Through each of the books, I offer a different way that the translators chose to deal with the paradoxical idea of translating Zionist children's literature into Arabic. For the analysis, use the concepts of minor literature and minor translation alongside the concepts of Colonial Mimicry and Imitation, as defined by Homi Bhabha. In this paper, I propose three different models of translation; Subversive translation, interpretive-cultural translation, and dissonant translation. Some translators took on an active role of content change agents compared to others who chose to preserve the Zionist ideology in the translated text as a certain faithfulness to the original text.
The epigram “traduttore traditore” links translation to treachery: to translate is to betray the original. In linguistically-fraught colonial contexts, however, translation, and the movement of texts across ethnic, religious, and political battle-lines, can also be construed as the betrayal of one’s allegiances and communities. Periphery-periphery translation after the epistemic violence of colonialism becomes especially charged: to the indigenous Arab in Palestine after 1967 and Algeria after independence in 1962, Hebrew and Jewish identity become sources of confusion and potential treachery, and the textual movements or "passages" of Arabic and Hebrew transform into latent threats. In this article, I analyze two Arabic novels published in 1974—Emile Habibi’s The Pessoptimist and al-Tahir Wattar’s The Earthquake—whose contents, contexts, and translational afterlives contend with themes of betrayal and fidelity, both linguistic and political, and movement across such rigid binaries. The Arab characters of both novels descend from a long line of political traitors who sided with the French or the Zionists, yet who continue to displace betrayal onto Jews to cope with their own family legacies. Jewish identity becomes a "third variable" in a binary settler-colonial struggle that cannot fully be categorized, and captures the history of successful colonial suppression of hybridized anti-colonial solidarity.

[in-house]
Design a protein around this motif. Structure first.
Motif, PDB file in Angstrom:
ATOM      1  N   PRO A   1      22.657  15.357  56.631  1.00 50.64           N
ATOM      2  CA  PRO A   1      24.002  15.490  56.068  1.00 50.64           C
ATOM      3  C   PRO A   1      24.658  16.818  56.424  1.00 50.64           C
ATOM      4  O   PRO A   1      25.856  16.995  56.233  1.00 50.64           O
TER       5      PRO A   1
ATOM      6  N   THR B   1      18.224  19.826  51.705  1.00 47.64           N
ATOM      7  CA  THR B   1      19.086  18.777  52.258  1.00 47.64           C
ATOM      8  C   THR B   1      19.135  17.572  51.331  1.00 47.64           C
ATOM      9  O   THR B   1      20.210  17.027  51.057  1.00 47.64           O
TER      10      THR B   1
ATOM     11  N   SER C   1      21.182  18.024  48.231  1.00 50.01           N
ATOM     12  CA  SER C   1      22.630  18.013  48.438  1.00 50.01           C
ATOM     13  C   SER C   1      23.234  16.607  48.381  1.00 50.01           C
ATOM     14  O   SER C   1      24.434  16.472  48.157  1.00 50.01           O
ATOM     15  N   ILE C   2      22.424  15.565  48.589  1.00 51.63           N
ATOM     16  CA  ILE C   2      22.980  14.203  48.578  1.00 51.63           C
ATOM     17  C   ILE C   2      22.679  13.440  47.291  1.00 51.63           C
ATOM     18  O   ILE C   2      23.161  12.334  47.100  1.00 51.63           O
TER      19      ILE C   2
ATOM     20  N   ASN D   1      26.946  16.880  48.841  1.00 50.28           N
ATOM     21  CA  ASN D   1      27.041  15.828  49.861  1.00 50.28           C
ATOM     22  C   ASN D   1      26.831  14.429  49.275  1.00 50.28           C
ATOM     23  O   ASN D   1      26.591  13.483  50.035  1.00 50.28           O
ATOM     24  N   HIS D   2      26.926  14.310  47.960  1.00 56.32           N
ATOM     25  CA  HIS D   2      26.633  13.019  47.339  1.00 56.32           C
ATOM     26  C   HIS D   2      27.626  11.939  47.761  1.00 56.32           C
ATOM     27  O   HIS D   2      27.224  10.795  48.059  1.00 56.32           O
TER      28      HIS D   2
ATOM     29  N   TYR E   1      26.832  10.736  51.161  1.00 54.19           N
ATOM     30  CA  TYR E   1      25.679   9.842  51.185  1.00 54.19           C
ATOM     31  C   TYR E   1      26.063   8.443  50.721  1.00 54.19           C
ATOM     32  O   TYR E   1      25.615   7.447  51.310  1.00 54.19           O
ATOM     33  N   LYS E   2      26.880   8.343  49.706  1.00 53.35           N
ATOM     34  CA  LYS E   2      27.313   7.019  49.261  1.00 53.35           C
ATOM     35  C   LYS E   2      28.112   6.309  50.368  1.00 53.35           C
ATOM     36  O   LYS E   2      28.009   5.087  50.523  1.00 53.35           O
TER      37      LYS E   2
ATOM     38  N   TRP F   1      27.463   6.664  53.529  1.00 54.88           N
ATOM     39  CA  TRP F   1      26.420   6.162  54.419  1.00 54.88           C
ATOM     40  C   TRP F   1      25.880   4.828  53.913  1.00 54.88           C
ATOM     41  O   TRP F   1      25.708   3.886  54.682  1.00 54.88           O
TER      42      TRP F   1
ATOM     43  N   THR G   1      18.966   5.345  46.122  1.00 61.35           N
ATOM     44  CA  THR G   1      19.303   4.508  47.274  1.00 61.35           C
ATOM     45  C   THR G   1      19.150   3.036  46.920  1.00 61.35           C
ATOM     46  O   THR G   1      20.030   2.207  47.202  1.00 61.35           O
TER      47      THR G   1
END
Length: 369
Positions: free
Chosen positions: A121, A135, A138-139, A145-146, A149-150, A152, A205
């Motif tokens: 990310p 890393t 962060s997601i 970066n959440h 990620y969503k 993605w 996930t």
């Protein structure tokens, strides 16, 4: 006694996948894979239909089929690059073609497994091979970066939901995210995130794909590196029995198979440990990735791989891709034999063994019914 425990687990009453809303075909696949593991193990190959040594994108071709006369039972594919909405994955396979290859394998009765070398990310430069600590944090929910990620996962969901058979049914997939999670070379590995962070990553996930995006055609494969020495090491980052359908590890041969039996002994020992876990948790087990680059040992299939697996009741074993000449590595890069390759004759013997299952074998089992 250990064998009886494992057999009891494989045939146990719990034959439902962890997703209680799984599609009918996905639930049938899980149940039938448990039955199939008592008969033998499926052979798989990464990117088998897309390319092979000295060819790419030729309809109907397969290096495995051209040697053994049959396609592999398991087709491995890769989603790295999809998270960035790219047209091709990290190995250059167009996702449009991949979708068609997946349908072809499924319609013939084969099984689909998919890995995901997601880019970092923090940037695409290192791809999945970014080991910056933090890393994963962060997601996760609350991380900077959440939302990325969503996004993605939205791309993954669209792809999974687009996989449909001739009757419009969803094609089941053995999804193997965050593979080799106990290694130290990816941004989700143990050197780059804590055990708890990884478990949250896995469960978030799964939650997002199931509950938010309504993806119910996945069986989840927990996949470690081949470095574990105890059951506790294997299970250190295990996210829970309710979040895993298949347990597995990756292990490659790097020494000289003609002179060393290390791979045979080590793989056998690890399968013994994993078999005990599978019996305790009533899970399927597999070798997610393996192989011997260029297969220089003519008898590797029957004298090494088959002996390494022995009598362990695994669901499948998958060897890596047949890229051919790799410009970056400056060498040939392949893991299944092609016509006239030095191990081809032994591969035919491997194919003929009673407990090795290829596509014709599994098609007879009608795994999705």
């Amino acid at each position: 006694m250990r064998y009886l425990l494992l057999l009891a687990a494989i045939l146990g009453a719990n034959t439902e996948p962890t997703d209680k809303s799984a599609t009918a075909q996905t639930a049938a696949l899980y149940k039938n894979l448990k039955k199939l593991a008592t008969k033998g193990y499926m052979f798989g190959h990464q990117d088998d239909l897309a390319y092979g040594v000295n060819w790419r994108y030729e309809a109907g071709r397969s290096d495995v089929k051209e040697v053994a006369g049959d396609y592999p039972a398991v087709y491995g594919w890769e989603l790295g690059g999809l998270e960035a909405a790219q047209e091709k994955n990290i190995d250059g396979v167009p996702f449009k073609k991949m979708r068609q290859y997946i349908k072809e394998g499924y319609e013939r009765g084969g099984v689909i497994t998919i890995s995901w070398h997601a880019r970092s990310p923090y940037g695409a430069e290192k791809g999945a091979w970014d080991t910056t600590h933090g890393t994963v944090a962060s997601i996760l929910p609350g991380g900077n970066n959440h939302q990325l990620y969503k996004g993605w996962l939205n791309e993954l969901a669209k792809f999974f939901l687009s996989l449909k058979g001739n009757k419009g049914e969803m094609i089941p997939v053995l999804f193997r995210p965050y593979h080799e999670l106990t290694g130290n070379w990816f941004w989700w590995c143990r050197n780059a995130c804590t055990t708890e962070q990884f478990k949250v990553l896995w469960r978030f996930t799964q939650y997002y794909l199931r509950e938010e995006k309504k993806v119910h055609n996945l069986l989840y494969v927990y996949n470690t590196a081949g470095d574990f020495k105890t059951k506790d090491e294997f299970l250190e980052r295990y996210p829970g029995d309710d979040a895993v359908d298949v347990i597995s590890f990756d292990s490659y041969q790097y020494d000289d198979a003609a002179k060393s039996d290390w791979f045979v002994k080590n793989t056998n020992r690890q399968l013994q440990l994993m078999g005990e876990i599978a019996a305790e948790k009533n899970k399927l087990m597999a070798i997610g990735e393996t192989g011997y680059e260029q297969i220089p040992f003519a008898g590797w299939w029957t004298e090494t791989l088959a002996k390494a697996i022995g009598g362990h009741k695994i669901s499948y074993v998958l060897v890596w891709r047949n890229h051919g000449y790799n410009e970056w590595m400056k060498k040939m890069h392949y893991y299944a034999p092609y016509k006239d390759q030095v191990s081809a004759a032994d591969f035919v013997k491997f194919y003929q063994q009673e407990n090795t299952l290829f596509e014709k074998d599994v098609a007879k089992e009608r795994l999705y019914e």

According to Olivia Harrison, contemporary Maghribi literature portrays Palestine as both a utopia and a topos, or metaphor. As such, Harrison argues, Palestine is both “a marker of political disenfranchisement in the era of post-colonial disenchantment” and a generator “of decolonial thought”. The work of the Tunisian writer Hafidha Karabiban constitutes the perfect site for the examination of this hypothesis. Her novel al-ʿArāʾ, which focuses on the PLO’s exile in Tunisia was published in 2012, right after the Tunisian Revolution, when Palestine was not necessarily needed as a metaphor for political disenfranchisement. Karabiban’s memoir of the Tunisian Revolution, al-Najma wa al-Cocotte, also centers the Palestinian cause and details the author’s efforts in commemorating the history of Tunisian-Palestinian solidarity in Bizerte, her hometown. This paper studies the mechanisms of solidarity deployed by Karabiban in both narratives. It examines how the author balances the work of memory with the work of decolonial thought and practice in her writing. The paper also asks whether there has been a change in the forms of intellectual and literary solidarity with Palestine in the aftermath of the 2011 Revolution.
This paper situates Etel Adnan's l'Apocalypse arabe as a work of speculative poetics that takes as its point of focus the 1976 siege and massacre at Tal-el-Zataar, a Palestinian refugee camp just outside of Beirut. Adnan's "apocalyptic vision" I read in proximity to literary and aesthetic theories of "speculative" writing -- as opposed to realist or mimetic representations of atrocity-- as well as against the historical and archival erasures enacted by the Lebanese state and by humanitarian discourse in regards to Palestinian refugees in Lebanon.